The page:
One inhibitor to adoption has been that when companies look at the solution stack [operating system, middleware, database, applications] they have built on Solaris, for example, and they question whether they are going to be able to migrate the whole solution stack to Linux. Because migrating 90% of that solution stack is not good enough. So, that's one of the reasons we have to be smart about the industries to pursue.
The financial industry has been interesting because they don't necessarily have these dependencies on external vendors. They have their own solution stacks they created writing C and C++ applications. For them, the process is a matter of working with them to move these applications over. So that's worked pretty well.
Now it's expanding because we've got IBM Websphere on board, Oracle, BEA and those applications. Now that they are there with Linux, the scope of applications available has dramatically increased.
So, Linux is big with the financials?
Eight of 10 major commercial banks are using Linux. Now the government is the next big hunting ground for most people. It's nice to have a target market where budgets go up. Early Linux penetration into the enterprise was in basic functions like print and file serving. What are customers using Linux for today?
We are beyond doubt that it is used at every level. It replaces mainframes. It replaces the heavy duty multi-processor
The notion of going from two- and four-processor machines to eight- and 16-processor machines and eventually 32, 128, we think that movement is slowing down. People are finding that deploying 10 $3,000 machines from Intel gives them an enormous amount of ability. You can cluster on that and there's no longer a single point of failure.
This is all about scaling and off-the-shelf cheap. If you talk to any CIO today. That is all virtual. If they need more capacity for their database, they plug in more hardware. The software never needs to know, just adds to the capacity. Now we're talking about utilization.
There are banks that have a whole range of machines and during the day they are customer facing ecommerce site and at night, they process checks. And in the morning, they reconfigure them back. That's the mecca they are looking for.
That doesn't mean the machines have a lot of mainframe characteristics. There are a lot of them there. At the same time, we are aware of projects. Linux not penetrated the 64-way, 128-way; that's still the domain of the Unixes. Short of that, there's nothing that doesn't happen on Linux today.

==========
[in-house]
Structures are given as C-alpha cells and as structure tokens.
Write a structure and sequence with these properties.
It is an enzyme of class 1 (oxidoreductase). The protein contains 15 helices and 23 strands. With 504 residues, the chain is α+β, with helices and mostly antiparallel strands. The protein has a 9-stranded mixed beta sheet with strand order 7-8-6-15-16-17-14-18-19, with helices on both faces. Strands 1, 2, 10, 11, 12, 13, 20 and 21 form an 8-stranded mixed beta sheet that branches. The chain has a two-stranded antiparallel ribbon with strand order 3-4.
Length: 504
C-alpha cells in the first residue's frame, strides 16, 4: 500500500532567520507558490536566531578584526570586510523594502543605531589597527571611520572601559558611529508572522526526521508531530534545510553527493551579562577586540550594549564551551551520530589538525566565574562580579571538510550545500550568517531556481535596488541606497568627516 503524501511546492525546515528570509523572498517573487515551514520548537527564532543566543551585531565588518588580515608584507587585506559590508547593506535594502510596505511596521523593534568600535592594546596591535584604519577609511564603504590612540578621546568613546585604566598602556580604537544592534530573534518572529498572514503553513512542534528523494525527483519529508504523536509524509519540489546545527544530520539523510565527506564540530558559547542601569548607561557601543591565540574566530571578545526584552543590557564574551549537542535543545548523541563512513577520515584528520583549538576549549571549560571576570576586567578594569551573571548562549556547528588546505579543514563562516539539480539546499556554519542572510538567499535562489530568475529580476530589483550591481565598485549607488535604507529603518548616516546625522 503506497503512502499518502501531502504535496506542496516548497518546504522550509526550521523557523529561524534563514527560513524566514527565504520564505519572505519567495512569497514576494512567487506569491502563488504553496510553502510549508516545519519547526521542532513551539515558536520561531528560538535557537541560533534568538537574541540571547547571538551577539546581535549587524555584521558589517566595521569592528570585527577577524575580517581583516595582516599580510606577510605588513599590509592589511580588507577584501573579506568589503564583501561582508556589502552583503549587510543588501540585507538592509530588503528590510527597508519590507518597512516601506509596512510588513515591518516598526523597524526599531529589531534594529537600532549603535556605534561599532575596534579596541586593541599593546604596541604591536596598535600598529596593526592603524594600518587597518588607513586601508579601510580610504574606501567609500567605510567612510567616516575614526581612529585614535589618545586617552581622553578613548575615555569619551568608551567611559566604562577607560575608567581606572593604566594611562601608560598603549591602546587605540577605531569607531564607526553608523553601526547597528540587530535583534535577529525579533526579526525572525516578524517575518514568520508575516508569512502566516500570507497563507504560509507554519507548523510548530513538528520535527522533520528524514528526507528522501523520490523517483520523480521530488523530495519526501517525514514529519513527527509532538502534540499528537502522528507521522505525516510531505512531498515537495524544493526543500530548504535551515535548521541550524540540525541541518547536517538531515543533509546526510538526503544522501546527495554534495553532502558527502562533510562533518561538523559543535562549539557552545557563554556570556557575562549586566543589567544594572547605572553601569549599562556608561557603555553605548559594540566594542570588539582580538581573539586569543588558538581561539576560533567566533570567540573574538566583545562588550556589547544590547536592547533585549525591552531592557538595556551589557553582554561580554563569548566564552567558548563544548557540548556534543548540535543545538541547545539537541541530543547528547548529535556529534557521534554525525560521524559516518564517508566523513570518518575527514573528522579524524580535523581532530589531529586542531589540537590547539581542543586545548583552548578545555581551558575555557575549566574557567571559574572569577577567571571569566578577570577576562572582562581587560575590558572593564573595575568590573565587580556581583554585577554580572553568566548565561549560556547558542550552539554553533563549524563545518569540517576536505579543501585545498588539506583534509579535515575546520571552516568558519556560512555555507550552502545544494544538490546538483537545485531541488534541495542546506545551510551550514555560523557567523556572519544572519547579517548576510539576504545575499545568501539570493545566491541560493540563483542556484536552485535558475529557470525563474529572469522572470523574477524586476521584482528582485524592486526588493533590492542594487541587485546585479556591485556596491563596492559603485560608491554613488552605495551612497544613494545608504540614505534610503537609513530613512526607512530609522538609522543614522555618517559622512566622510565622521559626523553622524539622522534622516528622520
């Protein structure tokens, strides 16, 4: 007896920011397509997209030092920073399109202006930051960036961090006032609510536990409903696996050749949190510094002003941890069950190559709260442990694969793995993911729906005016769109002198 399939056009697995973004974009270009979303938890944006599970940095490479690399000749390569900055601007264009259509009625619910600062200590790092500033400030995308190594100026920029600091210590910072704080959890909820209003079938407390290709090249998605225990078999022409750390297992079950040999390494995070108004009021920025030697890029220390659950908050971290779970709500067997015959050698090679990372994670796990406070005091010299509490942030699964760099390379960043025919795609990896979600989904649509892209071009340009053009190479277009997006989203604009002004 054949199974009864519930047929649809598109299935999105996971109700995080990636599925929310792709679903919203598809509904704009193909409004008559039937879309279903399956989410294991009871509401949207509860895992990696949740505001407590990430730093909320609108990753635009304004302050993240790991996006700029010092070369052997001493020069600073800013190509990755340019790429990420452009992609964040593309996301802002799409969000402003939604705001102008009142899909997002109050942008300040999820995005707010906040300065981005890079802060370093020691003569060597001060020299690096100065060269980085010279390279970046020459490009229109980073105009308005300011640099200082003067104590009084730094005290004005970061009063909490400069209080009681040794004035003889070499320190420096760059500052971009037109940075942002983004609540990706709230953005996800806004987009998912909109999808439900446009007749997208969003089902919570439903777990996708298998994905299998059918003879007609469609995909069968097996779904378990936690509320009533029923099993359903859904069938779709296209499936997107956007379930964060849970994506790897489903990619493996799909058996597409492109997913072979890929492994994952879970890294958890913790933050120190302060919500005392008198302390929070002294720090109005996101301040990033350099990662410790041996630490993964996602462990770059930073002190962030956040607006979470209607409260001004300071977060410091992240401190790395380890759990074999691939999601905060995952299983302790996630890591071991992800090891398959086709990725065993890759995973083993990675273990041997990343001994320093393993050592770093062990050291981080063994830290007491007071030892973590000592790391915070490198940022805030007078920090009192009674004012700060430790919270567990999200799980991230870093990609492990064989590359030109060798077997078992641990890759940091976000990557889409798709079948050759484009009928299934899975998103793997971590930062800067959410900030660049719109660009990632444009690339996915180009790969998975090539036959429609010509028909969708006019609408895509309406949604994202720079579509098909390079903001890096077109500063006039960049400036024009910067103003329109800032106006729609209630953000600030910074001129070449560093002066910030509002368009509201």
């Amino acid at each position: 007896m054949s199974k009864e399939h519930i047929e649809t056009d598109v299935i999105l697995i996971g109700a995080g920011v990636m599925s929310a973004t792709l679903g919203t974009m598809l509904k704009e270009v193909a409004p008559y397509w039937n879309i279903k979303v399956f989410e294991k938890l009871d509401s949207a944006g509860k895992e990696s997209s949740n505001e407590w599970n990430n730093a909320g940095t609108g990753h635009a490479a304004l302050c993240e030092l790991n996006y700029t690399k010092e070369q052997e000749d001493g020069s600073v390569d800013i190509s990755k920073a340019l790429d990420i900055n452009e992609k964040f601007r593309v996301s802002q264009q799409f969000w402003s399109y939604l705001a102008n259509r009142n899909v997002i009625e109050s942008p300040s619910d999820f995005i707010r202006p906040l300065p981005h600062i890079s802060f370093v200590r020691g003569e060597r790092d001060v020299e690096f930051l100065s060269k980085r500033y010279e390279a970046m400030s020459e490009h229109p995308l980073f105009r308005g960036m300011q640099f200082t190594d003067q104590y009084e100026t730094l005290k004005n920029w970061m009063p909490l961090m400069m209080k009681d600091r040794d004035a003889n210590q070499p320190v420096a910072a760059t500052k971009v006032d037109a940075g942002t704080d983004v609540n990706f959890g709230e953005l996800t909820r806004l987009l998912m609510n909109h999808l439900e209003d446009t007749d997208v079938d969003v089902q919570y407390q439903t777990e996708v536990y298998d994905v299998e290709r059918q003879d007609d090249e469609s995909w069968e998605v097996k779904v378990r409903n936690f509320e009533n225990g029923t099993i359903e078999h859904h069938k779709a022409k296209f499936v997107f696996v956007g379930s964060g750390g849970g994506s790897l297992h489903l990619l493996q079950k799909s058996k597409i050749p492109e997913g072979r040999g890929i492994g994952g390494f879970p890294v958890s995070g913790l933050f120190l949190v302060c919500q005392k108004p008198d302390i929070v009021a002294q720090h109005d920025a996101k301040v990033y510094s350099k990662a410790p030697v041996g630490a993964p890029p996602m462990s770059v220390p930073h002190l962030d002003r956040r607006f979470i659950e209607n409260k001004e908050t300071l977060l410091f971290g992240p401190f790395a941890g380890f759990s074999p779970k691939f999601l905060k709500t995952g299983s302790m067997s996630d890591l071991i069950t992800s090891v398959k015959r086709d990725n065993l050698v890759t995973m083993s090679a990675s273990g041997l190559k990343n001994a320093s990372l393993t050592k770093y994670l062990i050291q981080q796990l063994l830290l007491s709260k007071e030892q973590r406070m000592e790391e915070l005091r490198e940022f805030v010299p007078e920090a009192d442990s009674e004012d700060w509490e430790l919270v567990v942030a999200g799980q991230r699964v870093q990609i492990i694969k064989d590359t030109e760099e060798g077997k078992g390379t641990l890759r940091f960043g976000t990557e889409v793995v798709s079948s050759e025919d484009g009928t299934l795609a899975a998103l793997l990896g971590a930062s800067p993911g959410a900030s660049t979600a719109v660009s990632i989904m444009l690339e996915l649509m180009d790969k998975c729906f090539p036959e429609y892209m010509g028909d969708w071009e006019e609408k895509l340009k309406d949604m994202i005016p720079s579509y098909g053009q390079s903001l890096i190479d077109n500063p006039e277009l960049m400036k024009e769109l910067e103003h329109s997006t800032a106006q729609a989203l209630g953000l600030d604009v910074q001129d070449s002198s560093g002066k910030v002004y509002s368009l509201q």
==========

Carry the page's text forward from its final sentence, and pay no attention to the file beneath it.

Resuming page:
What misconceptions do some enterprises still have about Linux?
The meaning of free. We have two products here: Red Hat Linux 8.0 and Red Hat Linux Advanced Server. Over time, there will be an enterprise line of Linux products and a consumer line. On the consumer line, you would be able to download it free from our Web site and deploy it to as many machines as you want to. The role of that distribution is to give people an accurate insight as to where the community is at any point in time. We'll release it two, three, four times a year and put all the latest stuff in there and make it available. Improvements will be made that way.
If we released that for enterprises every four to six months, Oracle would say they are still working on applications for the first one, for example. The situation that arose from that is that the customer would have to buy Red Hat Linux 7.2 to support DB2, 7.3 for Oracle support and SAP is only available for 7.1 and there's no Oracle database for 7.1. It was a mix-match of stuff that never worked. What we said was from the same development tree, we branch off a version that we call enterprise Linux, which is our Advanced Server. We will make sure many third-party applications work on it and that it's stable.
Is there a common theme to issues you hear from customers who want to use Linux for mission-critical work?
Not many. Companies want to get to know us and approach us and say 'here's my plan, I want your help.' We don't talk to many people any more who need convincing that we spend our time talking to people who need convincing. That's where the money is. IBM is saying that and HP too.
Some people are asking about their multiple Linux distributions, how they can all stay in synch. That's a question of people applying what they saw in the Unix world to Linux. But what people don't know there is that if you take IBM's version of Unix and Sun's version of Unix, those companies are responsible for the whole stack of stuff that went into these distributions. They made have had the same roots at some point, but after they branch, they never met any more. SuSE and Red Hat engineers work together today, part of the same groups. It all branches from the same development tree. In the open source world, that doesn't apply.
The other question we get is now that you are pretty dominant, are you going to be the next Microsoft and the next monopoly in your space. There's no way we could be that. The way it works is with Microsoft and their new licensing program for example, where some customers may have to pay 30% more, people were upset because there is no other way to go. You could not find another Windows provider.
But in the Linux world, once we hand you the software, it's yours, not ours. There's no license tied to it. If you're not happy with us, call IBM and see if they can service this and they'll be happy to take your business. You cannot be locked in the way you are with proprietary software, so that's a good thing for enterprises. It's a strong sales argument and gives companies control back.
What's your opinion on the impact of Microsoft's recent licensing changes to Linux?
It certainly drives people to Linux. We have been selling to the CIO types and once we have confidence with these people, they bring us into new opportunities.
Click here for part one of SearchEnterpriseLinux.com's interview with Red Hat.
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